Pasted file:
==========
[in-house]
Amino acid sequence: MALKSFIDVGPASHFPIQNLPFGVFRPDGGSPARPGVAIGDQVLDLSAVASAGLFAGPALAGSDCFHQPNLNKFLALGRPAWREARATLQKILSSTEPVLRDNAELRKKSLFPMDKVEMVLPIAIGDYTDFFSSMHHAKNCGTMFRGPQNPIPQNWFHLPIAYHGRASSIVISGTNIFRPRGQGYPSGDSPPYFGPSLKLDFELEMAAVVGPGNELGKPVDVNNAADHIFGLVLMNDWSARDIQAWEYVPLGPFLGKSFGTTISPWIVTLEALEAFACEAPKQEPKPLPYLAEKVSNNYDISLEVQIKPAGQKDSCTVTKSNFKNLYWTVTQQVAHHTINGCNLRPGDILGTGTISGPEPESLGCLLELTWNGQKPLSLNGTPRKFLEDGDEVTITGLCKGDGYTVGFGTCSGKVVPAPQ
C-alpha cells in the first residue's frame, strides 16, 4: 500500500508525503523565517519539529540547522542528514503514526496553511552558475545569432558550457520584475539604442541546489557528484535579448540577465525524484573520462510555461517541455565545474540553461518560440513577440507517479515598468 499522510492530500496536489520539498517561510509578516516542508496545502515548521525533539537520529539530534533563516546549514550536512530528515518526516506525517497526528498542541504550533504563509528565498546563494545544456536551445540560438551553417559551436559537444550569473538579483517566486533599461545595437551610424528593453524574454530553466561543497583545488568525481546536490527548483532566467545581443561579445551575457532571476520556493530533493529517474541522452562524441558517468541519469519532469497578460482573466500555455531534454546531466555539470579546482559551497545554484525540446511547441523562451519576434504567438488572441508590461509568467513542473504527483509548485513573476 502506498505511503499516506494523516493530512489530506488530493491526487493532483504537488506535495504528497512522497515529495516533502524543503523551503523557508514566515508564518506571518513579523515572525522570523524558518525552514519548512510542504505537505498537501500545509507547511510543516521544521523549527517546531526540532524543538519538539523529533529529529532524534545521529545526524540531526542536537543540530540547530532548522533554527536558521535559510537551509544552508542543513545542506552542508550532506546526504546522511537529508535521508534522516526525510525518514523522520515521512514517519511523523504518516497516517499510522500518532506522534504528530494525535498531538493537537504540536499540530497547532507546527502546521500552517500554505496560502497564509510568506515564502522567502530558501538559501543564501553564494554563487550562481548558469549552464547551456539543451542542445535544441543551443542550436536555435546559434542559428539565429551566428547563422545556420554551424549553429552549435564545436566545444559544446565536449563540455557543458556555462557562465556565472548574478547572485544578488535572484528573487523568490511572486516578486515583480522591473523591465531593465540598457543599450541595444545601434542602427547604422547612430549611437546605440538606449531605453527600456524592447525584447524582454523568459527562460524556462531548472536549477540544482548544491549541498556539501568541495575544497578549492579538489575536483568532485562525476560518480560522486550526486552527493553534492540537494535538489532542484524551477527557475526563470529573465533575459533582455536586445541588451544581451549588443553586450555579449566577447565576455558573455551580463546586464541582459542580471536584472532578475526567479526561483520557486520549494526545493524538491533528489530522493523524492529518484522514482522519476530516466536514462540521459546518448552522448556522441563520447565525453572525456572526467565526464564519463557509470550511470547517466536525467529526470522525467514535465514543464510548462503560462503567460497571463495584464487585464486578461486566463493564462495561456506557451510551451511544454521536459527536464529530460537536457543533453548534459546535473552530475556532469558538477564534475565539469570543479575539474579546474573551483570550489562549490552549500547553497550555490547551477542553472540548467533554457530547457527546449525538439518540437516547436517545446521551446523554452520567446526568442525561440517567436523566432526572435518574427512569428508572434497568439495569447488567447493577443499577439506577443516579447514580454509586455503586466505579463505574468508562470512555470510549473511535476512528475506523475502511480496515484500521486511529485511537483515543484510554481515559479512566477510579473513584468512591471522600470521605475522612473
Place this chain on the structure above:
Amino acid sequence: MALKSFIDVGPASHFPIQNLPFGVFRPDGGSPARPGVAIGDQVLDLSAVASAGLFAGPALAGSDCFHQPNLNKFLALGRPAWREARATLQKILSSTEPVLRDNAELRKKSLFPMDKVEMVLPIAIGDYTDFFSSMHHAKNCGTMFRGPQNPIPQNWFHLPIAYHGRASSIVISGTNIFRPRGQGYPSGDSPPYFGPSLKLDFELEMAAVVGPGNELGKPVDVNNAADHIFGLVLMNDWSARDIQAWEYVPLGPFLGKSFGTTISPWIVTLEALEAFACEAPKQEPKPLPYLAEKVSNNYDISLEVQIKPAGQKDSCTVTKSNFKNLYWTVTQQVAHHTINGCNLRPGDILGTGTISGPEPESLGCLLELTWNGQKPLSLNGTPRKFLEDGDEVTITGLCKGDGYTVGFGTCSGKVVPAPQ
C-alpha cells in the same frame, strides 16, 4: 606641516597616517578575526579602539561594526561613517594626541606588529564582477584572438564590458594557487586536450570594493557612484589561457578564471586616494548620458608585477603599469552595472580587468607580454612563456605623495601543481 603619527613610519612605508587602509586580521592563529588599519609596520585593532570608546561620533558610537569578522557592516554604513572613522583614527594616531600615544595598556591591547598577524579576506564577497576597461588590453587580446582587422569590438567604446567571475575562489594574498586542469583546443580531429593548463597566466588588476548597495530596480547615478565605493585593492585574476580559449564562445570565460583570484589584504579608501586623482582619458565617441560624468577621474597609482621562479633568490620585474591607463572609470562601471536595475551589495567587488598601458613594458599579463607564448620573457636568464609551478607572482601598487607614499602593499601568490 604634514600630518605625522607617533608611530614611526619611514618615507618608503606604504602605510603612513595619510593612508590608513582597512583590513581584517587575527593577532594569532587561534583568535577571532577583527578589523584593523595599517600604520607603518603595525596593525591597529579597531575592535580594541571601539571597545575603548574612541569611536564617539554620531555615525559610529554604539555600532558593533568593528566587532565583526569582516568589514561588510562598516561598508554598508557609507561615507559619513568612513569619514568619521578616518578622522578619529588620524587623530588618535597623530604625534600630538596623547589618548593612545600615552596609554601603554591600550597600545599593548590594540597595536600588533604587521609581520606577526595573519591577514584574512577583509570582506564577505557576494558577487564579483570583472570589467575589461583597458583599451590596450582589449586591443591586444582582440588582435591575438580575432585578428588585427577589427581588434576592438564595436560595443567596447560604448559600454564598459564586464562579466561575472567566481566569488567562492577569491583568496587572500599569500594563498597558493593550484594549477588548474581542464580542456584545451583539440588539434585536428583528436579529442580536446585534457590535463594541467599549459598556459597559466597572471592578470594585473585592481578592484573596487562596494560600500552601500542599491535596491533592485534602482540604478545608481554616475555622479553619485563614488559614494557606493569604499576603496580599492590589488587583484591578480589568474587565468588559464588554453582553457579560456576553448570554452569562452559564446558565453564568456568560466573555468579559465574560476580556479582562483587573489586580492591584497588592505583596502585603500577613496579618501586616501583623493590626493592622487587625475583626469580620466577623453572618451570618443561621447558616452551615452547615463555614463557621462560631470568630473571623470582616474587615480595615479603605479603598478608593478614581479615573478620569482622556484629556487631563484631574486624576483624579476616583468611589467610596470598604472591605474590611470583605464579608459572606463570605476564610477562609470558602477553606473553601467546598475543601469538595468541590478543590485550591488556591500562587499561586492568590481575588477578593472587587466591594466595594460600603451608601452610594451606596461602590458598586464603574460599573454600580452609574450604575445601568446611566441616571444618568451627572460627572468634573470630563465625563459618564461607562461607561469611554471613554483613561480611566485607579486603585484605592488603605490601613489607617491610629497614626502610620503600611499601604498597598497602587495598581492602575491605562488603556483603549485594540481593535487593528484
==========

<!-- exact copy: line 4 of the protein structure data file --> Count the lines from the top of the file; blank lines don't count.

Place this chain on the structure above: